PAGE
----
However, NATO has changed and expanded since that time hand has assumed new responsibilities, including a proactive role, in the international community. NATO undertook its first military operation in 1995, followed by operations throughout the world, including Afghanistan, Iraq, Africa and the protection of waterways from pirates. NATO has assumed a humanitarian role along side its military role.

When NATO was formed, it consisted of 14 countries. Today there are 28 countries that are members of NATO; this includes many former Soviet-republics and client-states. There are even more countries that seek a larger involvement with NATO through its “Partnership for Peace” program and other agreements that NATO has with non-member countries.

IV. Analysis; IR and Globalization Theory

The question is; how does energy security fit into the current theoretical paradigms so that it can be analyzed and policy can be crafted to fit goals of the nation-states in relation to energy security? Interestingly enough, both the constructivist and neorealist IR theories, and transformationalist and skeptic globalization theories, offer answers to this problem. Whereas the constructivist and neorealist positions are normally at odds with each other, in the area of NATO becoming involved in energy security they both have valuable insight to offer. Additionally, the skeptic position and the transformationalist positions in globalization, which match with the neorealist and constructivist positions respectively, can add depth to the analysis that might otherwise be missing. Regardless of which pairing is used – neorealist/skeptic or constructivist/transformationalist – they both would argue that NATO should add energy security to its list of goals.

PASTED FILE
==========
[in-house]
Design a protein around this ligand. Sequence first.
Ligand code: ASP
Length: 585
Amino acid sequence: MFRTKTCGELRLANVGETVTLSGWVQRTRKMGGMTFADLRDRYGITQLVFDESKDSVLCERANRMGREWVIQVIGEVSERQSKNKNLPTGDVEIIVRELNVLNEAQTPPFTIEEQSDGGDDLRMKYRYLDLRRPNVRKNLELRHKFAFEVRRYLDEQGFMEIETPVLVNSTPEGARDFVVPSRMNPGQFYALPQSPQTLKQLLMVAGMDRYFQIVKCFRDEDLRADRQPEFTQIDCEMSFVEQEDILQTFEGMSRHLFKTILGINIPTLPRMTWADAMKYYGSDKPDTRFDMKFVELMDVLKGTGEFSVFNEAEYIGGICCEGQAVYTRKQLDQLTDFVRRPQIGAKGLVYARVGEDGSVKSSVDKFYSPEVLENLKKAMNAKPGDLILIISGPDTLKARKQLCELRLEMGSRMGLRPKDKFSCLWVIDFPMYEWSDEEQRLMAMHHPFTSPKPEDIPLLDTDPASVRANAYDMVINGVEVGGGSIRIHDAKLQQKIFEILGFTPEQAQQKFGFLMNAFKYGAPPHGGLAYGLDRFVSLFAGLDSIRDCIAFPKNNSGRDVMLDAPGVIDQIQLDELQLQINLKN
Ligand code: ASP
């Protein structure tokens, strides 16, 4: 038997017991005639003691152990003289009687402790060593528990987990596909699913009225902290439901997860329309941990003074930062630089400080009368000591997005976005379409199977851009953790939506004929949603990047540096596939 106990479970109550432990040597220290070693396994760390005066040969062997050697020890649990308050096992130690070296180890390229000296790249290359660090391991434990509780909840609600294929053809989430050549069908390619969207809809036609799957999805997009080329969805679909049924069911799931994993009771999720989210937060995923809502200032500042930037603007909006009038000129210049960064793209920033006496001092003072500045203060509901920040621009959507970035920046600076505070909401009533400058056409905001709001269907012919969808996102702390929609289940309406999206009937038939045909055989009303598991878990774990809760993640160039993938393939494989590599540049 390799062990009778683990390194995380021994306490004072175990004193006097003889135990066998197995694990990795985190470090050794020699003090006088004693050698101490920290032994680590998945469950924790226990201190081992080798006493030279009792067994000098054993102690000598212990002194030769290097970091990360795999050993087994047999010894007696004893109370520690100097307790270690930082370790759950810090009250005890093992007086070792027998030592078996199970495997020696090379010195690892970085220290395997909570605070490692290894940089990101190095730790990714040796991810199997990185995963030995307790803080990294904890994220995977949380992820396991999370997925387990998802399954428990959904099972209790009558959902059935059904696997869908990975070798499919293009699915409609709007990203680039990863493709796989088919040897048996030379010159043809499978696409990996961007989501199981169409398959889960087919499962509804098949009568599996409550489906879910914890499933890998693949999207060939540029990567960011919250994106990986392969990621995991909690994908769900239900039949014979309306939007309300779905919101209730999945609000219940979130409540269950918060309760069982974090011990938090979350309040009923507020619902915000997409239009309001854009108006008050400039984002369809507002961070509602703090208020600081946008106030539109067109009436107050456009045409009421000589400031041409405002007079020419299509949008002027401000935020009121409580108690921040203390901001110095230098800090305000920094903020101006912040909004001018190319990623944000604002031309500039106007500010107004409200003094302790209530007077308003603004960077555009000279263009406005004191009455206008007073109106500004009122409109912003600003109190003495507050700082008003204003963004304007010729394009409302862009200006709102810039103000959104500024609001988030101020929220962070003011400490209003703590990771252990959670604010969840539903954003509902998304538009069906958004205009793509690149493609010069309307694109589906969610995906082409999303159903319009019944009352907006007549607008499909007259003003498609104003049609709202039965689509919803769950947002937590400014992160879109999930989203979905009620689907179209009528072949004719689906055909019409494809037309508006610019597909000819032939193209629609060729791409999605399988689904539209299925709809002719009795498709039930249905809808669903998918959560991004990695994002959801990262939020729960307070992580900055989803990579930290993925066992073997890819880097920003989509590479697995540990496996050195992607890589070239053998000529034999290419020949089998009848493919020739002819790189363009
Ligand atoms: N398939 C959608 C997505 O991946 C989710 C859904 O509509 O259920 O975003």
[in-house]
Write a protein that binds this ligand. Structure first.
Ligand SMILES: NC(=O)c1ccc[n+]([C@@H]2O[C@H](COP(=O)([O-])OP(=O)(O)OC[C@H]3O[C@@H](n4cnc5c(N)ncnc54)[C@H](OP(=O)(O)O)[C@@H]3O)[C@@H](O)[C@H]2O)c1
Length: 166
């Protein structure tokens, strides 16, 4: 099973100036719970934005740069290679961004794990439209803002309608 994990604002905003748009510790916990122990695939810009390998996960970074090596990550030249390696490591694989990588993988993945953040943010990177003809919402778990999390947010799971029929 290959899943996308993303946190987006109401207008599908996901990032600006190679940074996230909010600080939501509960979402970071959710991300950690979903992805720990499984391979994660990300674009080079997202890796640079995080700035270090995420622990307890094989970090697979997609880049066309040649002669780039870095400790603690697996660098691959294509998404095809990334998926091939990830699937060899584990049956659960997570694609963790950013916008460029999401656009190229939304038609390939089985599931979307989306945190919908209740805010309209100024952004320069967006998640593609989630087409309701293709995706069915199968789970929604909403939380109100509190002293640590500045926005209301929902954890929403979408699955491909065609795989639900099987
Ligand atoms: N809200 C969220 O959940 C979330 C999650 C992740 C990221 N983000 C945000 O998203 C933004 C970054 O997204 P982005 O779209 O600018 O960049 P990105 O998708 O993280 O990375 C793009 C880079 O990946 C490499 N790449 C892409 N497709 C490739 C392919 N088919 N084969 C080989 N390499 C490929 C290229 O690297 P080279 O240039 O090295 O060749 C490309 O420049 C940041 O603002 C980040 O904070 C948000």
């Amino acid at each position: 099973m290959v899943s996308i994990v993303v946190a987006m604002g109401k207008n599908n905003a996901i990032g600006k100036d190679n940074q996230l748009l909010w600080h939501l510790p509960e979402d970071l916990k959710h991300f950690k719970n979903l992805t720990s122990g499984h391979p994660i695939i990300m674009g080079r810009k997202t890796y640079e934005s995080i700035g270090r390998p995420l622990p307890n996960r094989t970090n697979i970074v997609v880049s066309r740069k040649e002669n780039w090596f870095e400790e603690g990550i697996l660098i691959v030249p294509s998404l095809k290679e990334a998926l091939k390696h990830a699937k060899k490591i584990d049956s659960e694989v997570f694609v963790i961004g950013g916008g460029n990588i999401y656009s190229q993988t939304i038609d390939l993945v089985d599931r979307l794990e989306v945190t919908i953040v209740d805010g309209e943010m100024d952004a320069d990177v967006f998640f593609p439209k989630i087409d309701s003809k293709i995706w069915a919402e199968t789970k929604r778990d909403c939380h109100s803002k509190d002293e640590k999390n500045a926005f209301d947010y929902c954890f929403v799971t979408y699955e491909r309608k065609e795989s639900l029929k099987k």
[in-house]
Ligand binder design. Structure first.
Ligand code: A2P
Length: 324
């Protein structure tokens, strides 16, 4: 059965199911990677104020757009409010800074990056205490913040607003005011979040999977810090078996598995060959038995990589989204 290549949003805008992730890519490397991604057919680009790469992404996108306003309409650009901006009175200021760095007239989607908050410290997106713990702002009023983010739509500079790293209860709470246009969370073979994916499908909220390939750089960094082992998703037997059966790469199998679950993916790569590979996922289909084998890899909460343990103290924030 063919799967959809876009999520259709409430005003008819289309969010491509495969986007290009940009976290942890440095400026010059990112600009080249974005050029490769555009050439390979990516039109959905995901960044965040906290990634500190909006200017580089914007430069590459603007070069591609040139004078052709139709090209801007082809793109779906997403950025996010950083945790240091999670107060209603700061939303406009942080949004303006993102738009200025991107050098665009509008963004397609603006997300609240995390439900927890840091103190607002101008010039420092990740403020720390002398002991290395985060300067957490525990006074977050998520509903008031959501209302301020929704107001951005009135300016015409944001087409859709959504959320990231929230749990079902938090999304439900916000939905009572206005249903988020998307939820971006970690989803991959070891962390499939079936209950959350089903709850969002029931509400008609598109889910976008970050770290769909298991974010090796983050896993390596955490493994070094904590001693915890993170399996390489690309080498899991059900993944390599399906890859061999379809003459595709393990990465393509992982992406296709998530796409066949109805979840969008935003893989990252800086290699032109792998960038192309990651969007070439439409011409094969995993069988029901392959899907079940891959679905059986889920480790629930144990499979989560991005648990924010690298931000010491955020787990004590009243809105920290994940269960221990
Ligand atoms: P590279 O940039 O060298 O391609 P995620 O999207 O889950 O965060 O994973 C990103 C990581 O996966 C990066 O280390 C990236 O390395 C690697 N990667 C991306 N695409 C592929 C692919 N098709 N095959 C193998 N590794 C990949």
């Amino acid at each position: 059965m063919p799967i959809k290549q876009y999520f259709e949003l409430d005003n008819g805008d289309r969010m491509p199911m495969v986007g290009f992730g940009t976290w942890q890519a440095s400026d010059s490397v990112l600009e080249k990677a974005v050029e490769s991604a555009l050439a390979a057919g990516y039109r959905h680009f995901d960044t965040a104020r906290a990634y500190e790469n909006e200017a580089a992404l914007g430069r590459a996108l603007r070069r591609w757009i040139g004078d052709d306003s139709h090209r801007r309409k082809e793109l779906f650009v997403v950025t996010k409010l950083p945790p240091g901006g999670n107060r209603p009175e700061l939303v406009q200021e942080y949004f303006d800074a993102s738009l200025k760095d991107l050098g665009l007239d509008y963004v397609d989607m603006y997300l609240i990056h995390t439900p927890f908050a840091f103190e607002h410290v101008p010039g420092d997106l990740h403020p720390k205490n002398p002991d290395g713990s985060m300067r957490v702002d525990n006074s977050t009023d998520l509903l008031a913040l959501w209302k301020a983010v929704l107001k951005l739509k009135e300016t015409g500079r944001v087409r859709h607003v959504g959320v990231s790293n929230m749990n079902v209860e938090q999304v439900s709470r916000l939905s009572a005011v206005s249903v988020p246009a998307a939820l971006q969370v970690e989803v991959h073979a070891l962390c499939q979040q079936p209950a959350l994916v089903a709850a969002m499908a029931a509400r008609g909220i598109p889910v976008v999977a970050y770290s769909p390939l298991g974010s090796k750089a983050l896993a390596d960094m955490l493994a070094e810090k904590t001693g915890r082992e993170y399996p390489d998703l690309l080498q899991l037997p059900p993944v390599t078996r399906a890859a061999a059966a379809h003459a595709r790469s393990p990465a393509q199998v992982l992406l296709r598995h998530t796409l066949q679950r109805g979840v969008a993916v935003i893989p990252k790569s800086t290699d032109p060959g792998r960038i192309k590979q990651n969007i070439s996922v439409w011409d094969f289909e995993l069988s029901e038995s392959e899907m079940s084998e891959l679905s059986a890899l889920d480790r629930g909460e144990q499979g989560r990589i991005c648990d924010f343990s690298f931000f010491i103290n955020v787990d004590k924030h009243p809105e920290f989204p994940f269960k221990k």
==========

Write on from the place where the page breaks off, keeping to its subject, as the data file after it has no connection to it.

Realism is based in power (Morgenthau 1974; Waltz 1979). Hans Morgenthau, a realist, said that power can come from a monopoly or quasi-monopoly of scarce natural resources (1974). Waltz said that the state must use its power for the main goal of a state: survival (1979). Neorealists also believe that states must engage in balancing actions to balance the power of other states (Waltz 1979). The balancing actions can result in alliances between nations when they strive to achieve the same end (Waltz 1979). In an international economic system, states have simple goals that show how they promote their self-interest and survival: economic utility, economic growth, social stability and political leverage (Kazenstein, Keohane, Krasner 1998).

Globalization skeptics believe that the nation-state is still central, and that the world economy, and globalization, is really about the interactions of the nation-states with other nation-states in a manner that promotes the self-interest of the nation-states (Held, McGrew, Goldblatt, Perraton 1999). This ties the economic interests of a state under neorealism to the skeptic position in globalization by creating a list of motivations for states to participate in international economies, and international alliances, without engaging in actions that would lead to dissolution of their sovereignty (Kazenstein, Keohane, Krasner 1998).